Finally, mind what’s on your plate. Eating too little will slow your metabolism by convincing your body it’s at risk for starvation, prompting it to burn fuel much … more … slowly. In the other extreme, overeating will force your body to store the excess fuel as bulky, low-calorie-burning fat.

Myth 2: Your metabolism is genetically programmed and can’t be changed.

Reality: As with many genetic traits, your body may have a preference for a certain behavior. But there is most definitely room for improvement and optimization. Just how much your metabolism can be improved and optimized is determined by the choices you make for your body.

By taking care of your metabolism — proper exercise, healthy diet, good lifestyle habits — you can train your body to deliver its best possible performance. Lack of exercise, poor diet, and general lack of attention to your health, on the other hand, can make even the best natural metabolic race car run like an old jalopy.

The metabolism’s work of turning food into energy and then using that energy to operate the body and to bounce back from everyday wear and tear is quite a process. Through our choices and actions, we can make that process more efficient or less so.

After we’ve eaten, the body uses oxygen to convert food into energy. The nutrients providing that energy are either used to fuel the body, or they’re stored as fat. The byproduct, or waste, from converting food into energy is carbon dioxide. Here’s how the body uses each of the main nutrients from the foods we eat.

Carbohydrates are generally the body’s main source of energy. Carbs are broken down into sugars and stored in muscle cells as glycogen. The body can only store so many carbs, which have four calories per gram.

Proteins are used to build and maintain body tissues and are rarely used as energy. Like carbs, only so much protein can be stored. Protein also has four calories per gram.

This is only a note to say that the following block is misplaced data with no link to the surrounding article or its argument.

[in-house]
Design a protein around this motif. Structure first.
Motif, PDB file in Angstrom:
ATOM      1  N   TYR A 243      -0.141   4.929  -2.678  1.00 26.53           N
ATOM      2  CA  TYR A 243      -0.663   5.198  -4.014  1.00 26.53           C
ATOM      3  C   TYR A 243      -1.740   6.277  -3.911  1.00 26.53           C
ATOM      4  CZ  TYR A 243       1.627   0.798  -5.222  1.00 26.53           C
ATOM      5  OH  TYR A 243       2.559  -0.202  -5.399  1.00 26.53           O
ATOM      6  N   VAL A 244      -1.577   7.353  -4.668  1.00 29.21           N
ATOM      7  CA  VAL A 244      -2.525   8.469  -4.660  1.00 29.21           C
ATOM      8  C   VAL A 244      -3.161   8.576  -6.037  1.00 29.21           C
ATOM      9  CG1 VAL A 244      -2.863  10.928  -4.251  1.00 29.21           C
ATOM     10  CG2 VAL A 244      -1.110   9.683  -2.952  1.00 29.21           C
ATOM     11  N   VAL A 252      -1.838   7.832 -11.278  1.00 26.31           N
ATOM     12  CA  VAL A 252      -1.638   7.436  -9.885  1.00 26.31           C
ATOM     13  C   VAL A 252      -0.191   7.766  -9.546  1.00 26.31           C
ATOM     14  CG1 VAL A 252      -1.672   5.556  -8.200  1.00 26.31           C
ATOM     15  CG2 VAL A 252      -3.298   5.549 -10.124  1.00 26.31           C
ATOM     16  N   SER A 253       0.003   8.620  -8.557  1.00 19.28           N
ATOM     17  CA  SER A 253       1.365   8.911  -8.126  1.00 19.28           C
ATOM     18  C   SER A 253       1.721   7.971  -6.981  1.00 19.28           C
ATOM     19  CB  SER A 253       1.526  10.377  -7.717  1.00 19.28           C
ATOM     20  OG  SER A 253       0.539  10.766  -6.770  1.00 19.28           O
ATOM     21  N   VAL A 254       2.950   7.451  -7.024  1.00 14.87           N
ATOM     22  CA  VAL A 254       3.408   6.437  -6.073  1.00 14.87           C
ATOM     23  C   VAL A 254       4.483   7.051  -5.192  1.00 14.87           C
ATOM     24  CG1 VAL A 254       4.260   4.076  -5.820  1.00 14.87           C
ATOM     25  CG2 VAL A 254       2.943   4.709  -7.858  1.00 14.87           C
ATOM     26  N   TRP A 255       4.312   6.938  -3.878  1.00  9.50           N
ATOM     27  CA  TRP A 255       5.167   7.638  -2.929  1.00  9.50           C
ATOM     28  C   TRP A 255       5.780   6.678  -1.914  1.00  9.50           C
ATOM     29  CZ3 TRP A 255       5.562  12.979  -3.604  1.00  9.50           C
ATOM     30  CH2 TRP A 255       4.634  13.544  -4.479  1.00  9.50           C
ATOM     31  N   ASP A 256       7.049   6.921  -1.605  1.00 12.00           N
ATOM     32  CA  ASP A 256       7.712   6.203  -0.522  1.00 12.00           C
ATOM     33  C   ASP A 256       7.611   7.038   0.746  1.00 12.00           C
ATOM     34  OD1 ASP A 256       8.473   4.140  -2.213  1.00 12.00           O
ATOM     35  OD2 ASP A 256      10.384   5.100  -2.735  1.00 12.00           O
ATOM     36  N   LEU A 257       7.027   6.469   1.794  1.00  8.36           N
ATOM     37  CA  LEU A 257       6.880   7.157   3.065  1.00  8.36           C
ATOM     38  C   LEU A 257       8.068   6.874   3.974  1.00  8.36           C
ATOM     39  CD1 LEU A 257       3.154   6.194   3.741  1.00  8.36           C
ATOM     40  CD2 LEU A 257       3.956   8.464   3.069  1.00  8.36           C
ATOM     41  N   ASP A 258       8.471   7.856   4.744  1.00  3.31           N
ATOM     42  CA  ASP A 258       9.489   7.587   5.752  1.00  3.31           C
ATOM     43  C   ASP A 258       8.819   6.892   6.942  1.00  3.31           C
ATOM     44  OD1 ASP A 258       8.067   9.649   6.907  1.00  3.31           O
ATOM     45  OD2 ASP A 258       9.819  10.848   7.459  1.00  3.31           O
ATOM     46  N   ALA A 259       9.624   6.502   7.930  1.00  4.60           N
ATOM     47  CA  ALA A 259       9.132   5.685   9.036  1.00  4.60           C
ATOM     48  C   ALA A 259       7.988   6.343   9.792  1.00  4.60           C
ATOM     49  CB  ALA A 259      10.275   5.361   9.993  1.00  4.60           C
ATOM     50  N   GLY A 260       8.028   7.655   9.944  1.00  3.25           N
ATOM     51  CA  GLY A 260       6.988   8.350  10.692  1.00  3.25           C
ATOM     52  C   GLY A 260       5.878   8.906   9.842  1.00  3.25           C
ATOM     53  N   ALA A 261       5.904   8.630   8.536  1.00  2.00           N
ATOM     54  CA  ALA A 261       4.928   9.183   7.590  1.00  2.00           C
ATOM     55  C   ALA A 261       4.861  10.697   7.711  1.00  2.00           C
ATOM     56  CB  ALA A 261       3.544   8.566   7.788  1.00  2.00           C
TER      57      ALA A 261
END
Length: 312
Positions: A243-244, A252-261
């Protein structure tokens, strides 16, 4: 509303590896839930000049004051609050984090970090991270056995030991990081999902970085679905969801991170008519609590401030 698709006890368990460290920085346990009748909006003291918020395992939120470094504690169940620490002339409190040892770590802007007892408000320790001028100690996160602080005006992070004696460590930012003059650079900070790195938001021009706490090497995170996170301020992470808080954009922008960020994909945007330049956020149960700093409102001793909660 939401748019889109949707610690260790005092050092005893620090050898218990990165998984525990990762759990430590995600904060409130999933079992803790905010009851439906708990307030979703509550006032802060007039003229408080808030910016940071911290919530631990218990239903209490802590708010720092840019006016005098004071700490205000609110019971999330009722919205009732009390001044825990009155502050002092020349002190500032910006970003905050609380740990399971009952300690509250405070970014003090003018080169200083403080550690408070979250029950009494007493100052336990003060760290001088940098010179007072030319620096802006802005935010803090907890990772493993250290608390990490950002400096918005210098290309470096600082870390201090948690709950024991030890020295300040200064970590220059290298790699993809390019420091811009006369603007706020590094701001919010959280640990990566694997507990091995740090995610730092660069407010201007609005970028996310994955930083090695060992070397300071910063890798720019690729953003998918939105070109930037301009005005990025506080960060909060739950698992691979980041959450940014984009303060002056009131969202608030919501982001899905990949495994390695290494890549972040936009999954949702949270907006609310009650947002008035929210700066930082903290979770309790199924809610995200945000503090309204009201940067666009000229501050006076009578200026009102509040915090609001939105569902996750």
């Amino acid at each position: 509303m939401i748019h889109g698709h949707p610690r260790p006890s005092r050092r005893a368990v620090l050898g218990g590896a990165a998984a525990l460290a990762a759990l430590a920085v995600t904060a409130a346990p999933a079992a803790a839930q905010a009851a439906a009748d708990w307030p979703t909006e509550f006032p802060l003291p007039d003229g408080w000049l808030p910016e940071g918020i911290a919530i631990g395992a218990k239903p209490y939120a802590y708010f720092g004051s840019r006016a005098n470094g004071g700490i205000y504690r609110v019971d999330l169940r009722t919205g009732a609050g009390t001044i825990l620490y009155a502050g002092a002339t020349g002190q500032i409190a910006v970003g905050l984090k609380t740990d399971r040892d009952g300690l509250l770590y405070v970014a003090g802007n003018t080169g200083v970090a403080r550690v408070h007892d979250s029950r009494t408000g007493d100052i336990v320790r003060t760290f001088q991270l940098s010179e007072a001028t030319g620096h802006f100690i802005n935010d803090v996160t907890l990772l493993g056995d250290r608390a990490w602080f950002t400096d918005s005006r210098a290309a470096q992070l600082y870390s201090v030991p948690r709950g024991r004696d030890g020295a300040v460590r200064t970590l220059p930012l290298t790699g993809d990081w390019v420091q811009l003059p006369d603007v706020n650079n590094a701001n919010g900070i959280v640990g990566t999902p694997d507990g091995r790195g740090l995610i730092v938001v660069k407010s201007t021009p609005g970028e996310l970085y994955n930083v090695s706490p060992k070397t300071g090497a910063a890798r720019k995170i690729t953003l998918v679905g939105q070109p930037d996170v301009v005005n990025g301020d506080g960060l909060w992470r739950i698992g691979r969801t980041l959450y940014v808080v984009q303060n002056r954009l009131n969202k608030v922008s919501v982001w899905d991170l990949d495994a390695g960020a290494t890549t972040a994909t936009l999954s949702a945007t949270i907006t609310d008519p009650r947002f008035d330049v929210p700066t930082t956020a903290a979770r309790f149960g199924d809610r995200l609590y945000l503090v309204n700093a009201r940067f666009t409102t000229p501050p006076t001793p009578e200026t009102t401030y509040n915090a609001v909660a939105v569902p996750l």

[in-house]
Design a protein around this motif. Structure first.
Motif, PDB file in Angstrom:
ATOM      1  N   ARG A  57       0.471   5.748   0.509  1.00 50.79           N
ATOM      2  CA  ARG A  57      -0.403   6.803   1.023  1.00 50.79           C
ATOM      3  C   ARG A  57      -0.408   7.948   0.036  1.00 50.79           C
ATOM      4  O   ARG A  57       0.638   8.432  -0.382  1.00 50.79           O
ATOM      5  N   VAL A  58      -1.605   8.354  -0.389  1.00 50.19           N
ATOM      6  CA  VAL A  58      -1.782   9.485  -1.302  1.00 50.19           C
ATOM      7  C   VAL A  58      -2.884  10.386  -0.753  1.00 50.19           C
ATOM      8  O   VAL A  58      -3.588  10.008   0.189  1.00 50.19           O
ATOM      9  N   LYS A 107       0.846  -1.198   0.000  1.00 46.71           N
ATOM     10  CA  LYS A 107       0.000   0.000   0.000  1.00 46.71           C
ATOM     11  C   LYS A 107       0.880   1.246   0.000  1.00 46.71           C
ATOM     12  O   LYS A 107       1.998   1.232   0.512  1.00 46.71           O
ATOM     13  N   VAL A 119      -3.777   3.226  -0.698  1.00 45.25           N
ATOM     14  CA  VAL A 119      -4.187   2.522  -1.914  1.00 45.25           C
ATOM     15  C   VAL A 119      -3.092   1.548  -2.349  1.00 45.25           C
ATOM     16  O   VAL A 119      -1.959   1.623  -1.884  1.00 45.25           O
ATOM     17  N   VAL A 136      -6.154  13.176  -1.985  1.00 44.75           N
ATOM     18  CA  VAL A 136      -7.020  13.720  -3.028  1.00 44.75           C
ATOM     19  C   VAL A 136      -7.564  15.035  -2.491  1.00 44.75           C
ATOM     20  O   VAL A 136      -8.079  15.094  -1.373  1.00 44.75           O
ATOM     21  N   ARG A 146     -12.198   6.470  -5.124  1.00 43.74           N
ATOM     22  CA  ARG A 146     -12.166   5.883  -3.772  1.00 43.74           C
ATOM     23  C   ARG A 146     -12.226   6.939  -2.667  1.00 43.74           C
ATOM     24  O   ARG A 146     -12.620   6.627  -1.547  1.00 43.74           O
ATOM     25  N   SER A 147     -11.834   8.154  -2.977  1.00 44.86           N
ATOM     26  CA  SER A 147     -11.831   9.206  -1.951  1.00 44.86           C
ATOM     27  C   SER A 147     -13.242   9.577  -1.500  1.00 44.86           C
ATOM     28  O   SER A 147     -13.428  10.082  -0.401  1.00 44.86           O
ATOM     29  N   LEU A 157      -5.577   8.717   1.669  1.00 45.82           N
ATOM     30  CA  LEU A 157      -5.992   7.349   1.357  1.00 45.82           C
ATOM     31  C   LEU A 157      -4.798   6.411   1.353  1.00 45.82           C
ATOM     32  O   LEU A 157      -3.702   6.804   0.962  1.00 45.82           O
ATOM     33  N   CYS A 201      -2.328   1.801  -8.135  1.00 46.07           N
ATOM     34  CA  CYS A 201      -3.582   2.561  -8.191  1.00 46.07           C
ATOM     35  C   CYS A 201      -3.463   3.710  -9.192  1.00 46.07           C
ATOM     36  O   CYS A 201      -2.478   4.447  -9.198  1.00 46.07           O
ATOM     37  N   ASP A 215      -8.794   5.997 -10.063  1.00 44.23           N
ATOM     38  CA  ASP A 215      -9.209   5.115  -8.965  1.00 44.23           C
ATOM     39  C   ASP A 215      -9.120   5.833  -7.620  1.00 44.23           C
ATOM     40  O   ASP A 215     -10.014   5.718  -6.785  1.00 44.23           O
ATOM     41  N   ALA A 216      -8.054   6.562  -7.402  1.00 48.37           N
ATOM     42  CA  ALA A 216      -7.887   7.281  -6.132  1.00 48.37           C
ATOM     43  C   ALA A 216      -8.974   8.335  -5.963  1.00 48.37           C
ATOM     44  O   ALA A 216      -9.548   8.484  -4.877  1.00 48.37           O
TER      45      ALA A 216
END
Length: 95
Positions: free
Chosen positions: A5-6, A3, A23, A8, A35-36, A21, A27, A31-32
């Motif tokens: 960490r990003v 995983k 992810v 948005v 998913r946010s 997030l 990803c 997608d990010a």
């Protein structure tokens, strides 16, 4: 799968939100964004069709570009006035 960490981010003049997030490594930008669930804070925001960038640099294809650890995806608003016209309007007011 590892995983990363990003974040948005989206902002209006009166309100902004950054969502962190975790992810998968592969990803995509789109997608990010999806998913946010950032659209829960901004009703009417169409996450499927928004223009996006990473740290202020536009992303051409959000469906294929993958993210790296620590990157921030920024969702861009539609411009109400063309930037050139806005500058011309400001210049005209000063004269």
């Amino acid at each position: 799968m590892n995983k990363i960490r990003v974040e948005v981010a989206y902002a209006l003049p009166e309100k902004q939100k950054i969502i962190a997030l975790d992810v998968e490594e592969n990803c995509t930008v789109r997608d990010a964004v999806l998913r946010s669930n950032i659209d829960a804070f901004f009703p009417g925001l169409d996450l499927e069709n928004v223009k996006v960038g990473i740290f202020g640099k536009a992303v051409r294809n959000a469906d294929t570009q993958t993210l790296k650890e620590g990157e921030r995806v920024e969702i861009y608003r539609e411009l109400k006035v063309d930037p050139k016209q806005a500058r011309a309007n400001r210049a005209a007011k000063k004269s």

Fat is the most energy-dense of the nutrients at nine calories per gram, making it the most efficient source of fuel. Fat is also a long-term fuel reserve that guards against starvation. Sounds good, so what gives fat its bad rap? The body has a seemingly unlimited capacity to store it. And it’s not only fat that makes us fat: When the body is maxed out on other nutrients, especially carbs, those get stored as fat, too.

This brings us to efficiency, and back to the car engine metaphor: A car that’s throwing off a lot of exhaust is wasting its fuel and getting terrible gas mileage. It may chug along and need frequent repair, and that can waste a lot of time and money. That’s a fairly reasonable sketch of what happens to our bodies, too.

Through proper diet, good lifestyle habits, and healthy exercise, you’ll force your body to burn fuel with greater efficiency. At its most efficient, the body uses greater amounts of oxygen to convert more of our food into usable fuel (a bonus: the fat burns first). Less carbon dioxide is produced as waste, and less of our fuel ends up stored as fat (double bonus!).

Why Metabolism Matters

Do you want to make 2009 your best year ever? Do you want to feel better in your own skin? Are you eager to fit into your clothes the way you once did — or in the way you’ve always hoped you might? Is it time to leave behind a plateau and attain the next level of athletic performance?

The bottom-line relevance of understanding your metabolism is this: your metabolism is the most powerful tool you have for smartly and effectively training your body to achieve your health and fitness goals in the fastest way possible.

The end result: by mastering your metabolism, you will develop lean muscle and burn fat faster. And, ladies, do not be concerned; you will develop the lean, toned, tight, and small feminine muscles you want. You will not get ‘bulky’ or muscle-bound. Lean muscle is smaller and more compact than fat, and most definitely looks better, feels better … and burns calories faster. There are no negative ramifications to tightening and toning your body.v

Coach Holly Leonard, owner of BeFit Health and Wellness Solutions, is a body-transformation expert who has helped more than 300 Pioneer Valley men and women reclaim their health, fitness, and vitality through proper fitness and nutrition. For more expert advice, check out www.yourbodyfixnow.com.